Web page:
Auswell Energy shares what to do in the case of a nearby fire event.
Australia is now thawing out of its semi-cold winter months and into the intense heat of summer. Especially in QLD, this heat and the unrelenting sunlight means that your solar system will be working spectacularly well, converting energy like no other time of the year.
However, this season also brings about the more deadly side of the sun’s rays. Australia is known for having the most frequent and most devastating bushfires in the world. These can spring from nothing in barely a moment so safety measure and procedures should be in place long before the bushfire season.
Solar panels require very specific solar safety procedures that every solar panel owner should know if in a high-risk area. In this article, we’ll cover these procedures and solar safety tips when coming into the summer months.
Of the three levels of Bush Fire Alerts, the ‘Emergency Warning’ is the highest alert level. Any delay at all can put your lives at risk. You usually will have received prior alerts in the build-up to this warning, but in the case that you receive this alert out of the blue, waste no time.
While you might want to pack up the car with your belongings or practice solar safety and switch off your solar panel system, it isn’t as important as your life. Fires can spread much quicker than you think so act quickly and leave immediately.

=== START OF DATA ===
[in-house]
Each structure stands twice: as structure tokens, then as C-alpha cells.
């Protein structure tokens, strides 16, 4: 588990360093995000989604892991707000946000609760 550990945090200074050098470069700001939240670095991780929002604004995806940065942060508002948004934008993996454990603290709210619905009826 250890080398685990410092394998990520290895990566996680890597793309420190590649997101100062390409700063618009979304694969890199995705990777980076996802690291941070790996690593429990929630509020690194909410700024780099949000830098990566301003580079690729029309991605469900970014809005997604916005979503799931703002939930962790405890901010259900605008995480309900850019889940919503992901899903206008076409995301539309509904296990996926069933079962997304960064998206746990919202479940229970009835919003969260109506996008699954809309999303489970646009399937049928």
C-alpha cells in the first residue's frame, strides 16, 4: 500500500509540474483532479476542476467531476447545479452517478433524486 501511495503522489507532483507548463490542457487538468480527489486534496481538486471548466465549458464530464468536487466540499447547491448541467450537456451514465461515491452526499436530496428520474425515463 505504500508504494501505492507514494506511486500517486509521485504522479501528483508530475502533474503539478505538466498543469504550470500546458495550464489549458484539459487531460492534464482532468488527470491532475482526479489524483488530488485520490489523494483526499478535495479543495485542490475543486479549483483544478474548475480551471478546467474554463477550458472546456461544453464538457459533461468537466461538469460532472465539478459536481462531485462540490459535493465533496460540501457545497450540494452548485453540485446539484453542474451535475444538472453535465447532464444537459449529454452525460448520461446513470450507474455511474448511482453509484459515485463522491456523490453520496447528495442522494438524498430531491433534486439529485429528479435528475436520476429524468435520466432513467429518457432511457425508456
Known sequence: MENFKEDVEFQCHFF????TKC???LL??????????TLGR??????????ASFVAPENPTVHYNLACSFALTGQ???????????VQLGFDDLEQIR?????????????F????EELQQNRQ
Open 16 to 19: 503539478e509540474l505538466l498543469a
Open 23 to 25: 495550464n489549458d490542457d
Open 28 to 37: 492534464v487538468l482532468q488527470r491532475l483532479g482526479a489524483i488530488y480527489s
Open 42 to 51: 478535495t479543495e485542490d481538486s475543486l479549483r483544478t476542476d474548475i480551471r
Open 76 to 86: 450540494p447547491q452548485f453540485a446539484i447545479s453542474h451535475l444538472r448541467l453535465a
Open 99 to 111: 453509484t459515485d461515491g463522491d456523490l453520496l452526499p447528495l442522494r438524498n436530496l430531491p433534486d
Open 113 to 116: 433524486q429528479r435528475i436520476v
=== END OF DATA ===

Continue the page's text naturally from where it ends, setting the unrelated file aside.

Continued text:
Watch and Act
With a ‘Watch and Act’ alert, you have a bit more time to prepare yourselves. This means there’s a heightened threat level and conditions are changing. An important fact to note is that embers can travel over 10 kilometres from a nearby catastrophic bushfire, which, when put in contact with a solar system, may set the whole system on fire.
START SAVING WITH SOLAR
Solar safety procedures should be put in place immediately when notified of a nearby fire. A shut down of your solar panel system should be done as soon as possible to protect your home:
- Firstly, you should switch off the main solar supply switch on the switchboard, or instead turn off the AC isolator switch next to or under the solar inverter.
- Then, shut down the DC array PV isolator switches right after. There can be one or more so check carefully. These will most likely be found alongside the solar inverter.
- Then, make sure to watch out for further alerts on your phone or TV and prepare to leave as soon as a new alert is put out.
After returning home, make sure to examine your system carefully. If you suspect that your solar panels or wiring may have been damaged due to close proximity to fire or excessive heat, practice solar safety and don’t switch your system on just yet. We recommend you get in contact with the Auswell Energy team to have our professional installers take a look for damage and ensure everything is working as it should.
Ash fallout is a common after-effect of a bushfire and can travel just as far, if not further, than the embers that may have been flying before. This ash can leave a film of grit or soot across the solar panels and greatly decrease energy production. A good rainfall may dislodge most of the debris, but you shouldn’t rely on rain after a fire. Use a soft sponge or cloth and non-abrasive window cleaner to clear away the ash.
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